Owner of local recovery center insists he’s done nothing wrong ahead of court date

Local News

AUSTINTOWN, Ohio (WKBN) – The man in charge of an Austintown addiction recovery center will be going to court on Wednesday to try to keep the state from shutting the business down.

Sebastian Rucci, executive director of the California Palms facility, says the center is helping people and needs to stay in business.

After nearly six years in business, Rucci admits operations at the California Palms aren’t perfect.

“I don’t have to be perfect. The rules provide for you to get fixed, come out here and fix,” he said.

Rucci is fighting efforts by the Ohio Department of Mental Health and Addiction Services to close the place, which now houses close to 100 clients.

“I 100 percent know that we’ll win,” he said.

Rucci says the problems started two years ago when the state found what were called “deficiencies” in treatment, staffing and other issues.

“The stuff that they claim that were defective were clinical issues that I was fixing every time,” he said.

Rucci says although he has offered proof of corrections, he claims the Ohio Department of Mental Health and Addiction Services has never been back to inspect again.

But, three weeks ago, dozens of state and federal agents raided the campus, looking for what we were told was evidence of Medicaid fraud and drawing comparisons to the search of another recovery center four years ago.

Rucci insists he has done nothing wrong.

“I’ll answer questions, I’ll give you documents. Come in and help and correct and don’t do the other stuff, but they can do whatever they want,” he said.

Those we spoke with at the facility said it has changed their lives and they don’t want to see it closed.

“Since I got here, I have changed everything about myself, not just putting down the alcohol or whatever,” said client Chris Cope.

“The way things are set up and the way the program’s ran for us is like nothing else,” said client Josh White.

In the meantime, Rucci says he’ll fight the state and the feds in court.

“I have the constitutional rights — equal protection, due process — and I have their statutes, all of which favor me,” Rucci said.

Eric Wandersleben, director of media relations and outreach for the Ohio Department of Mental Health and Addiction Services, sent us the following statement on the matter.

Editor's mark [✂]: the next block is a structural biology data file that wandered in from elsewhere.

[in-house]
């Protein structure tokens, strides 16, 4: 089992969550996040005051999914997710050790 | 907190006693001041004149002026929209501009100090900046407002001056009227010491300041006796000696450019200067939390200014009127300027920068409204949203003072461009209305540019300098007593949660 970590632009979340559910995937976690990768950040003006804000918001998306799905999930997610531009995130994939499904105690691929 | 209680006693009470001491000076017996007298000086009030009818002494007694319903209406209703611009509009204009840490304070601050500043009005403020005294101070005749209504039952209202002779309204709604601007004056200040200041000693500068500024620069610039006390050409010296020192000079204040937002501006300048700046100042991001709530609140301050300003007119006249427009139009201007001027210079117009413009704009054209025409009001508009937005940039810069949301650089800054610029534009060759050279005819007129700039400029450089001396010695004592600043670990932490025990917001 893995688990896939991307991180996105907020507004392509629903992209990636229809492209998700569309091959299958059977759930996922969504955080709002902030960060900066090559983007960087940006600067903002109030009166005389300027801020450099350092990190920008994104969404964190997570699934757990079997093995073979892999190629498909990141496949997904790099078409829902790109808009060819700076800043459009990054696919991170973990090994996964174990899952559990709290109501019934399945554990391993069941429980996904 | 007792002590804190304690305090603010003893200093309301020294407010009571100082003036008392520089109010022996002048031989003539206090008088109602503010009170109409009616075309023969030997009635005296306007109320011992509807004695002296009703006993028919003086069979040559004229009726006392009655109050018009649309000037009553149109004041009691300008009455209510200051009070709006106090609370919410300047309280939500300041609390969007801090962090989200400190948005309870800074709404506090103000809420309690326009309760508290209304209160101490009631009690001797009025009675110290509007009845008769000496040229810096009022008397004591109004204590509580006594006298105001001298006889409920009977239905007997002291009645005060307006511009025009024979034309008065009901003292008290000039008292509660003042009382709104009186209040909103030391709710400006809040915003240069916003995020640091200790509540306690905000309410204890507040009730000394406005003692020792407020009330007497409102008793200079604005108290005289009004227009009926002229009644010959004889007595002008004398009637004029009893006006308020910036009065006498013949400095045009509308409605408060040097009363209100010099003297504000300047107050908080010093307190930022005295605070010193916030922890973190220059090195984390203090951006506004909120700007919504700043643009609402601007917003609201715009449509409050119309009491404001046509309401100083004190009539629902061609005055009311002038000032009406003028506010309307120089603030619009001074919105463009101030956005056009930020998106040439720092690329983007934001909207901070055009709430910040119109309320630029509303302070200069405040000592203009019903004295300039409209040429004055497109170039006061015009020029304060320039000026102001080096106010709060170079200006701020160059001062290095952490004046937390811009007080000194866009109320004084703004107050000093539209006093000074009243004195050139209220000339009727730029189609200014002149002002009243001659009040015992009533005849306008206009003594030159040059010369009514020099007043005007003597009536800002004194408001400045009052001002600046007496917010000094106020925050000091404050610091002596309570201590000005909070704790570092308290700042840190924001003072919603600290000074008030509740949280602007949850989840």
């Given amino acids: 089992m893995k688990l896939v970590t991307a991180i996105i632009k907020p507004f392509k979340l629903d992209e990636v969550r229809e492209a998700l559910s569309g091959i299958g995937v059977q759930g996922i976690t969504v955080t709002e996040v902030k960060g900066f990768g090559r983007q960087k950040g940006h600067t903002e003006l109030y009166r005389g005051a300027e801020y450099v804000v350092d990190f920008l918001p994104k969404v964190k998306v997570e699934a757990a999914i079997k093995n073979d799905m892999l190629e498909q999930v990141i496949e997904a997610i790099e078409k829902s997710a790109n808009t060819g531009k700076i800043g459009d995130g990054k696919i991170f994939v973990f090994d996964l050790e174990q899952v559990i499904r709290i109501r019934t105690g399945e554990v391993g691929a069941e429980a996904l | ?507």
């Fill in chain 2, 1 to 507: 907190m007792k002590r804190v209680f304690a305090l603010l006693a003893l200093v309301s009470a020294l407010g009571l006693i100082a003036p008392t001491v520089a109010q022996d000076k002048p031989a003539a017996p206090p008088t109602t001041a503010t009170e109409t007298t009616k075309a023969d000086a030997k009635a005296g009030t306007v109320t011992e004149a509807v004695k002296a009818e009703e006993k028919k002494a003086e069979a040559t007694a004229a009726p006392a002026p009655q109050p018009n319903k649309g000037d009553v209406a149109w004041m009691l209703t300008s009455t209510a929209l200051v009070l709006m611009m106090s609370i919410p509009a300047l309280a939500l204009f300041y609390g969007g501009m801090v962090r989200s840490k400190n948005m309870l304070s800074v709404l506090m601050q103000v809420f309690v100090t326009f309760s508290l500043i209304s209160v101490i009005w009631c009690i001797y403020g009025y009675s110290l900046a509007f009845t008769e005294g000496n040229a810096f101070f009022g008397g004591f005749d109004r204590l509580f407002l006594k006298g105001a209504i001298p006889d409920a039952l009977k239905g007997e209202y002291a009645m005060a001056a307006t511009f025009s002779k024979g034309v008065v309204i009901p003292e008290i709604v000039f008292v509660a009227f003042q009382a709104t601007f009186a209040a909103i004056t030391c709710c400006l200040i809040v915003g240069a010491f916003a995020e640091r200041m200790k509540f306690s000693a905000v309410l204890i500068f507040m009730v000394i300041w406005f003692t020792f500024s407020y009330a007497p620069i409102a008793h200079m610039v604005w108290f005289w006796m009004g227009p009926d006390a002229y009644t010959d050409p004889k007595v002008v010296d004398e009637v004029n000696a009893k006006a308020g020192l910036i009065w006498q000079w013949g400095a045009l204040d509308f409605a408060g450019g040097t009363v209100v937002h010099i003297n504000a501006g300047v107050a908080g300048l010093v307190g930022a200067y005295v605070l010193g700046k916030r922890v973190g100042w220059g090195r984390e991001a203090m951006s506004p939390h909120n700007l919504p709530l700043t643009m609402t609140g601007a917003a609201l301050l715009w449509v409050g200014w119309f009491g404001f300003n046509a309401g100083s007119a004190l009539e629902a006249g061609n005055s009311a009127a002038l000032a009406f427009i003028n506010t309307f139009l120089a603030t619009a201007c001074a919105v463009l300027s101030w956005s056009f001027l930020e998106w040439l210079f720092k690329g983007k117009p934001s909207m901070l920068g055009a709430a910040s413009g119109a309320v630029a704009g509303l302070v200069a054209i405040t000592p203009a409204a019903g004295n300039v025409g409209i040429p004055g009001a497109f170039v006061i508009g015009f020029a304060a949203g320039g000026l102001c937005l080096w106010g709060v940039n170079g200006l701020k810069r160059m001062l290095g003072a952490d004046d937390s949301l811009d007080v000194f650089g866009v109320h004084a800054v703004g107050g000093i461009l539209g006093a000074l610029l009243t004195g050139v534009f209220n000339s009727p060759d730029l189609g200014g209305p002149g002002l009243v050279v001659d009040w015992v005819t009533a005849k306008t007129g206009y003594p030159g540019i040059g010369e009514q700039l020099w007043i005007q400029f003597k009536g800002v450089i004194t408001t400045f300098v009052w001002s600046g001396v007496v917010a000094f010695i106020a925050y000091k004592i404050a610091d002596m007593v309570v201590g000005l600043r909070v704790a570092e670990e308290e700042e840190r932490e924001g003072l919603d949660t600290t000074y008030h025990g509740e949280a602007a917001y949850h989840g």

As the agency responsible for licensing and certifying behavioral health care providers and services in Ohio, OhioMHAS has a duty to ensure that providers comply with all rules and regulations spelled out in OAC and ORC. We take this oversight responsibility seriously and we prioritize quality care and patient health and safety. When issues of non-compliance arise, our team follows established guidelines and procedures in an attempt to help bring a provider back into compliance. These initial measures may take the form of technical assistance and/or plans of correction. In these instances, a provider is given ample opportunity to identify and resolve areas of non-compliance. When a provider fails to bring its operations into compliance, the next step in the process (outlined in Section 119 of ORC) is often an administrative action seeking the revocation of licensure/certification.  

California Palms has had a history of repeated non-compliance and failure to comply with previous plans of correction in the allotted timeframe — despite being given ample opportunity to do so. This led the department to move forward in June 2020 with administrative action seeking the revocation of California Palms’ certification. The Department made three unannounced site visits in the year leading up to the issuance of the notice of intent to revoke letter being mailed in June 2020. The process to revoke included an administrative hearing in April 2021. An independent hearing officer presided over the hearing. California Palms had the opportunity to present any and all information that was beneficial to them at the administrative hearing. The hearing officer did not find the case presented by California Palms to be persuasive and recommended to the Department that certification be revoked. The Department upheld that decision and issued a final adjudication order on 9/28 (shared previously) that notified California Palms of the decision to revoke certification effective Oct. 28. ORC Chapter 119 provides an opportunity for a provider to appeal the adjudication order, which brings us to the present.

The appeal is filed with the Court of Common Pleas. California Palms has also filed a motion seeking a stay of the adjudication order. The Attorney General’s office, which represents the department in legal matters, will be filing a motion opposing the request for the stay.

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